Sunday, March 4, 2012

March and a Major

Eight months down; a lifetime to go.

Seth and Major Overmeyer
On Saturday, we were surprised by a visit from Major Thomas Overmeyer, Seth's former company commander. The day Seth was injured was also the day Captain Overmeyer was promoted to major and transferred from D-Company. He said it was the best and worst day of his deployment.

Major Overmeyer caught us up on some of what happened after Seth left. After the day of Seth and Dilberian's injuries and the death of Private Waters, the company stopped foot patrols. This, of course, gave the Taliban more opportunity to plant more IEDs. However, because IEDs are non-discriminating weapons, they ended up harming the locals--maiming and killing Afghan men, women and children. This had the unintended consequence of turning the locals against the Taliban and to the Americans. The locals provided intelligence and help to our guys, and we returned the favor with employment and other aid. Seth's unit left the area having secured an important road and having built a school, police station and clinic. These also helped win locals to our side. Major Overmeyer said that intelligence coming back to them said that the Pakistanis who support the Taliban are losing motivation. After seeing the clinic, school and police station, they report that they can't compete with the Americans for the hearts of the locals.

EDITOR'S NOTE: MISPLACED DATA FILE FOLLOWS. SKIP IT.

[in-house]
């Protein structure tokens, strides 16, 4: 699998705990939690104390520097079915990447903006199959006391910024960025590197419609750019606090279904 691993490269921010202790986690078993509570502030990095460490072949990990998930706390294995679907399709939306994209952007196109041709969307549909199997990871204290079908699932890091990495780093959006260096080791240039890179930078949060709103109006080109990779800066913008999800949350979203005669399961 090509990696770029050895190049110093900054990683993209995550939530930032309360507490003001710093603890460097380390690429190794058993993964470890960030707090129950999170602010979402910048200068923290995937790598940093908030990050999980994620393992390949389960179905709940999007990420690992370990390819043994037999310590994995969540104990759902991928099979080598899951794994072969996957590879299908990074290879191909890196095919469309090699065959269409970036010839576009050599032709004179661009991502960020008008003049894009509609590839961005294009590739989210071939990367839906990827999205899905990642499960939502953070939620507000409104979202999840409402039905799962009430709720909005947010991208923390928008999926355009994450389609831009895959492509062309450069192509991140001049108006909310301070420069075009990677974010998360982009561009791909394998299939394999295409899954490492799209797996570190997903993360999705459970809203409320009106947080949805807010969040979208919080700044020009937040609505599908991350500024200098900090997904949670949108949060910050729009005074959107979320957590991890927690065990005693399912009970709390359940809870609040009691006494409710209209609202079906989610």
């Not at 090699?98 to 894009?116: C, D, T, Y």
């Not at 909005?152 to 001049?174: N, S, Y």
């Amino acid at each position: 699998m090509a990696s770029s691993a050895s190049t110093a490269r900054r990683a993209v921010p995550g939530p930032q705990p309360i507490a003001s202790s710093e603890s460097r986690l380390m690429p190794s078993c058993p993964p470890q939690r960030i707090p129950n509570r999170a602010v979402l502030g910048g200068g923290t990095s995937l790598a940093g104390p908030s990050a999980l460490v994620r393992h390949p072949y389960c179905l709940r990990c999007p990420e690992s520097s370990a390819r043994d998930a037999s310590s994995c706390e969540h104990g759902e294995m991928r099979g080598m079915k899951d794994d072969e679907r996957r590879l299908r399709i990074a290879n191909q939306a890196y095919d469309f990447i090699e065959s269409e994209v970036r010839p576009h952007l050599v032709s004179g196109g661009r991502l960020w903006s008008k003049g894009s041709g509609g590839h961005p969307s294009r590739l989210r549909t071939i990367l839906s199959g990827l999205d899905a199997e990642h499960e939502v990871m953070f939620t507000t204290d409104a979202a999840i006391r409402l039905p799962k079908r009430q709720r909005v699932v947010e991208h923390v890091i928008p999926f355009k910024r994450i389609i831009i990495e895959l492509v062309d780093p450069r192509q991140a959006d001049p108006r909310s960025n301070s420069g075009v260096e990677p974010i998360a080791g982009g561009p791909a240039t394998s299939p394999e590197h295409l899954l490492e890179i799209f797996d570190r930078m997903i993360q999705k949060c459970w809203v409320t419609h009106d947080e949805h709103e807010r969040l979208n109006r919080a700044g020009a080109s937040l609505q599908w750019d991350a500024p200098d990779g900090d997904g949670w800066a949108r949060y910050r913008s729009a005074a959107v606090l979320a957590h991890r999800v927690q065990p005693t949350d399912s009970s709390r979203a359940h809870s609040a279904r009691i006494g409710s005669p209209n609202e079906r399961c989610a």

It fascinates me to hear these firsthand accounts of what is happening over there because we don't hear about it anywhere else that I'm aware of. Major Overmeyer clearly took pride in what he and his unit had  accomplished, much of it, according to him, on their own volition. I wish I could have transcribed the conversation because I am leaving out so much detail, but it made me proud of our guys. It gave me hope that maybe what I see the wounded warriors go through every day is not in vain.

Seth's unit is coming home this week, so Seth will be reuniting with them in May sometime.

A Shout Out
I need to say thanks to Lena, the receptionist at the Soldier Family Assistance Center (SFAC) here at WRNMMC. The SFAC takes care of soldier families, and I am in there two or three times a week. Lena has been at the front desk since our first days at the old Walter Reed and has always been a bright spot in the day. She always had a smile on her face, called me by name and knew what was going on with all kinds of things. Last week someone else was at the desk so I asked if Lena was on vacation. The woman told me that Lena has a new job at Fort Belvoir. I was crushed.  I would have liked to say goodbye. I know Lena sometimes reads the blog, so, if you're reading this, Lena, thank you!

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